It’s hard to curtail co-rumination without discouraging social-perspective taking which also has very high and much needed benefits. One solution is to help the individual understand and balance their concerns for other people with their own needs. Helping an individual learn what is their problem, and what is not their problem also helps to start separating some of the negative affects of co-rumination.

Also, focusing on the positive would help a lot. Many young girls focus on and talk about their problems way too much and internalize them instead of resolving them which only makes them feel worse.

I’m not discouraging talking about problems or young girls talking to their friends about their problems, but there is certainly a healthy and unhealthy way for young girls to discuss, think about and solve their issues without ruminating and falling victim to empathetic distress.

5 thoughts on “Co-Rumination: Talking Too Much Can Lead To Depression And Anxiety In Adolescent Girls

  1. In paragraph #2, you mean “talking skills,” right?

    As a teenage girl I had one or two friends that I shared with and they in turn did the same. We have credited each other over the years for being there through it all, especially the tough times. When I say tough times, I don’t mean having nothing to wear, I mean being abused, physically and sometimes sexually.

    From my viewpoint, I believe girls should be encouraged to share and have friends. Sharing is reciprocal all around, the good and bad times. By sharing our troubles, we made our burdens lighter. Having that outlet available might be the reason I survived at all.

    1. Hi Jackie, thanks for reading! I am also a big proponent of sharing. I was doing a lot of research on this social-perspective taking skills and co-rumination this morning and I think what the research is suggesting isn’t that girls shouldn’t share, but it’s when the sharing becomes counter productive. When the sharing turns into internalizing your own and your friends problems instead of actually helping each other through the problem. It seems like you and your friends had the perfect balance of sharing. However, I think the research is saying that if I think my life sucks and you think your life sucks too, and I tack on your problems and feelings to my problems and feelings and all we do is talk about how bad things are without ever coming up with solutions, then it’s likely we’ll end up miserable. I still love to hear your thoughts as the research is just research, but I found it intriguing.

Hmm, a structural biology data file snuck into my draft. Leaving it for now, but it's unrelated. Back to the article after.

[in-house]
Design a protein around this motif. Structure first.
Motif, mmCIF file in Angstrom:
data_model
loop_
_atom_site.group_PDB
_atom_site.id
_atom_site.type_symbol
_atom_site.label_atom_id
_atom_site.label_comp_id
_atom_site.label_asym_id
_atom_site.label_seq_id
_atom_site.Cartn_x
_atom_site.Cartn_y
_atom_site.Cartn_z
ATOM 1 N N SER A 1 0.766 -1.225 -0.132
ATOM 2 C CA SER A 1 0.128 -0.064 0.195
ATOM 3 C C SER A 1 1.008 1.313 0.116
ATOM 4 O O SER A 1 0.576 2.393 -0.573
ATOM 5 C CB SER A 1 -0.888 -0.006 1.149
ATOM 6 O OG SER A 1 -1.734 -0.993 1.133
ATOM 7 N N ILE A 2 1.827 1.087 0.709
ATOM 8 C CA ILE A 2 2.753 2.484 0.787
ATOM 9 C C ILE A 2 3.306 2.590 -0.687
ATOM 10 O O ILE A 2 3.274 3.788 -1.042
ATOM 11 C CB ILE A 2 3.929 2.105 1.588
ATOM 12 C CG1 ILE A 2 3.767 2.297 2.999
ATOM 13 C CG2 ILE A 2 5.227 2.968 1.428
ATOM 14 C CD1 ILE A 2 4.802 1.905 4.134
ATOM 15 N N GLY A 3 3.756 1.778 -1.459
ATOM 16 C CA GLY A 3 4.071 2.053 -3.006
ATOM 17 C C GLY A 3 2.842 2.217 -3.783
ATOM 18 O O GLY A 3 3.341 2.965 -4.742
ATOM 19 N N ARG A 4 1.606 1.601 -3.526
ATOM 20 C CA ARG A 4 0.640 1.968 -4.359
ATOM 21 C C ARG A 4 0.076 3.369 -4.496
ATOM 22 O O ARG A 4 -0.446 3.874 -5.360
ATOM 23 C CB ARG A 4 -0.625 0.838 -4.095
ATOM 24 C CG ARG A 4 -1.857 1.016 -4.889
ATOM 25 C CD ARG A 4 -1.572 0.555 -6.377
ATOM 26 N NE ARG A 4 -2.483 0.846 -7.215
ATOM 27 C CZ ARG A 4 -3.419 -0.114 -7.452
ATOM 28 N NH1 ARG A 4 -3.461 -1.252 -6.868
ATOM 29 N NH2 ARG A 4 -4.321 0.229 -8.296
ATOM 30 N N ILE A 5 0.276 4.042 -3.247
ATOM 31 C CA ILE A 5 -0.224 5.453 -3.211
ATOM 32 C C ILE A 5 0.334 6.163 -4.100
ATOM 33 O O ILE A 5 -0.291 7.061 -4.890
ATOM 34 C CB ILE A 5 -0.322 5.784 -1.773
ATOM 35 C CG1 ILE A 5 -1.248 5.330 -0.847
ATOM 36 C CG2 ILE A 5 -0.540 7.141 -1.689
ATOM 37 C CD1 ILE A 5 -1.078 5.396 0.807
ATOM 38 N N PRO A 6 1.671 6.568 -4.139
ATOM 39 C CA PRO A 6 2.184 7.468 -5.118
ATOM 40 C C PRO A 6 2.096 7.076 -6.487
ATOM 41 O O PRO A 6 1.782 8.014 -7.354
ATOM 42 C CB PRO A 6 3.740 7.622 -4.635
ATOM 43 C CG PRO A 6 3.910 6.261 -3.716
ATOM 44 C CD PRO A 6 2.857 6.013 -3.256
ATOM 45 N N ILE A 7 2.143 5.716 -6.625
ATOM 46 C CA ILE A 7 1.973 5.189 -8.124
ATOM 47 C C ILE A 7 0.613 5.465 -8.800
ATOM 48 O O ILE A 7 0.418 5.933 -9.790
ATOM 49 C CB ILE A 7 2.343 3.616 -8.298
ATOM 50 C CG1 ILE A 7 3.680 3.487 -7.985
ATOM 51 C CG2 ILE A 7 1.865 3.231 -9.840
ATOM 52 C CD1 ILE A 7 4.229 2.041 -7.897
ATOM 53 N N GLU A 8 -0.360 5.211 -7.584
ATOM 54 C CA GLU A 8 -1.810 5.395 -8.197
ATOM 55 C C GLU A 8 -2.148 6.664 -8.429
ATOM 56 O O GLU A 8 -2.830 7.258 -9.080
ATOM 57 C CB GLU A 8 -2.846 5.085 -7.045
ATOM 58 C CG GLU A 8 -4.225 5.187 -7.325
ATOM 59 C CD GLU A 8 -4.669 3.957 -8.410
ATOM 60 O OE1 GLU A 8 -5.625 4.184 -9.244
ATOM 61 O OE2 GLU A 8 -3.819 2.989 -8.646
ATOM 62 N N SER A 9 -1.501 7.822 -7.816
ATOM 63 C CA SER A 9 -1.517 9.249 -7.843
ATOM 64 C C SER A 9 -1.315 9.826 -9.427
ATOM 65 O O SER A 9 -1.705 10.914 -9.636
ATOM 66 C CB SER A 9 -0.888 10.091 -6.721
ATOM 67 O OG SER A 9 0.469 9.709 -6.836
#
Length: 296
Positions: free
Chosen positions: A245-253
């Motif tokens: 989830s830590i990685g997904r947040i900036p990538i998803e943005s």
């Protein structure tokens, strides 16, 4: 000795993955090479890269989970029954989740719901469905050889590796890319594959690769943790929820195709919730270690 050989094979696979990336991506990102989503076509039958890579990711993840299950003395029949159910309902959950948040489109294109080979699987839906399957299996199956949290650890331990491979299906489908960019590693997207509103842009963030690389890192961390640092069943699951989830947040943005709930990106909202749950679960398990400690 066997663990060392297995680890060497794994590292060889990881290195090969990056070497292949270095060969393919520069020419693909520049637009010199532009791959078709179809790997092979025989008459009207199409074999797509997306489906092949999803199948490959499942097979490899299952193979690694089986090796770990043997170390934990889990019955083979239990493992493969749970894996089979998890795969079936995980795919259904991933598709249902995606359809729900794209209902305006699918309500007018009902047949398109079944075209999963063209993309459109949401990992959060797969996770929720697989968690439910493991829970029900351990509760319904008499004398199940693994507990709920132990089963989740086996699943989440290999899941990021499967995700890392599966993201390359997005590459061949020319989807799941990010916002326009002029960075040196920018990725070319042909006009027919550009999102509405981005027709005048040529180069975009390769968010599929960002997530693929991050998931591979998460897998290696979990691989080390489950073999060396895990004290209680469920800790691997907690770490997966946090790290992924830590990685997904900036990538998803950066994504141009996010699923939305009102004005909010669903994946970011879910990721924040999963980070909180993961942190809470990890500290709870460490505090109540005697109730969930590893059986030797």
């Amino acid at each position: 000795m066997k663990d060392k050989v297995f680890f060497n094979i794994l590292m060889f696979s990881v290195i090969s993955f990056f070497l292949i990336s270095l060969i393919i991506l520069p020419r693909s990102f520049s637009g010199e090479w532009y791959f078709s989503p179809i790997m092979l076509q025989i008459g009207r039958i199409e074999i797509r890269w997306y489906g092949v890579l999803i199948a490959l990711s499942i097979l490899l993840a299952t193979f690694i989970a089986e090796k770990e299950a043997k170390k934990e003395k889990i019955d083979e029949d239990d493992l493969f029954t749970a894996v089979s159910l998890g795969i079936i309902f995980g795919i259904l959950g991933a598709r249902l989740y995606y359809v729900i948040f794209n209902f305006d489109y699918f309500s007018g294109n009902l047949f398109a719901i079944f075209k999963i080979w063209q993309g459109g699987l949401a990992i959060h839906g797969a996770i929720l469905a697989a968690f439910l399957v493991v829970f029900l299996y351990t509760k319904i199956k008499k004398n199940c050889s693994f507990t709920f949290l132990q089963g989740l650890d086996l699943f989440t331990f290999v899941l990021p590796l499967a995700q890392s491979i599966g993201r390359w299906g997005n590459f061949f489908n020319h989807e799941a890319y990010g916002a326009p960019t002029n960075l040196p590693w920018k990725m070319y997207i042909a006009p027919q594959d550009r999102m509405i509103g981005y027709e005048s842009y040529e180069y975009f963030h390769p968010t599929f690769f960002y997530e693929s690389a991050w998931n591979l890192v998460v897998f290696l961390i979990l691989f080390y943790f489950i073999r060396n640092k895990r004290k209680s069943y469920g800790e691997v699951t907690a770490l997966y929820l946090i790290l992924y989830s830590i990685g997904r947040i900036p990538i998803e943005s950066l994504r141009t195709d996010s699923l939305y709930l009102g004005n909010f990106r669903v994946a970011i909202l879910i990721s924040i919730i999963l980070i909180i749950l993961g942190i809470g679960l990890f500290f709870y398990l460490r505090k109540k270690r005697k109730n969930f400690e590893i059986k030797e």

1. Being a girl myself and having three daughters, my concern would be that they were not talking with anyone. A girl without her social network, in my opinion, is a dangerous thing, especially in adolescence. A girl’s problems can multiply quickly and without others to share the bad/sad experiences with, depression can blossom unchecked.

        I am not a professional but I’ve drawn on my experiences to come to this conclusion. I don’t think you’d need a ‘study’ to figure it out. When a girl is sad, her friends comfort her and share that.

      2. I agree that it’s super important for girls to have each other to talk to but what the study is talking about is when that talking becomes counter productive and it doesn’t happen in all circumstances of course. I think it may be quite rare I’m healthy friendships. Think about suicide packs for example. When two people get together and talk about how terrible both of their lives are and agree to end it. That’s co-ordination and empathy distress to the extreme. Two mentally and emotionally unhealthy people can either help or harm each other. Read the study when you get a chance. It’s linked at the bottom of the post. And studies are there for us to have healthy debates about which is why I appreciate your feedback.

Leave a Reply

Fill in your details below or click an icon to log in:

WordPress.com Logo

You are commenting using your WordPress.com account. Log Out / Change )

Twitter picture

You are commenting using your Twitter account. Log Out / Change )

Facebook photo

You are commenting using your Facebook account. Log Out / Change )

Google+ photo

You are commenting using your Google+ account. Log Out / Change )

Connecting to %s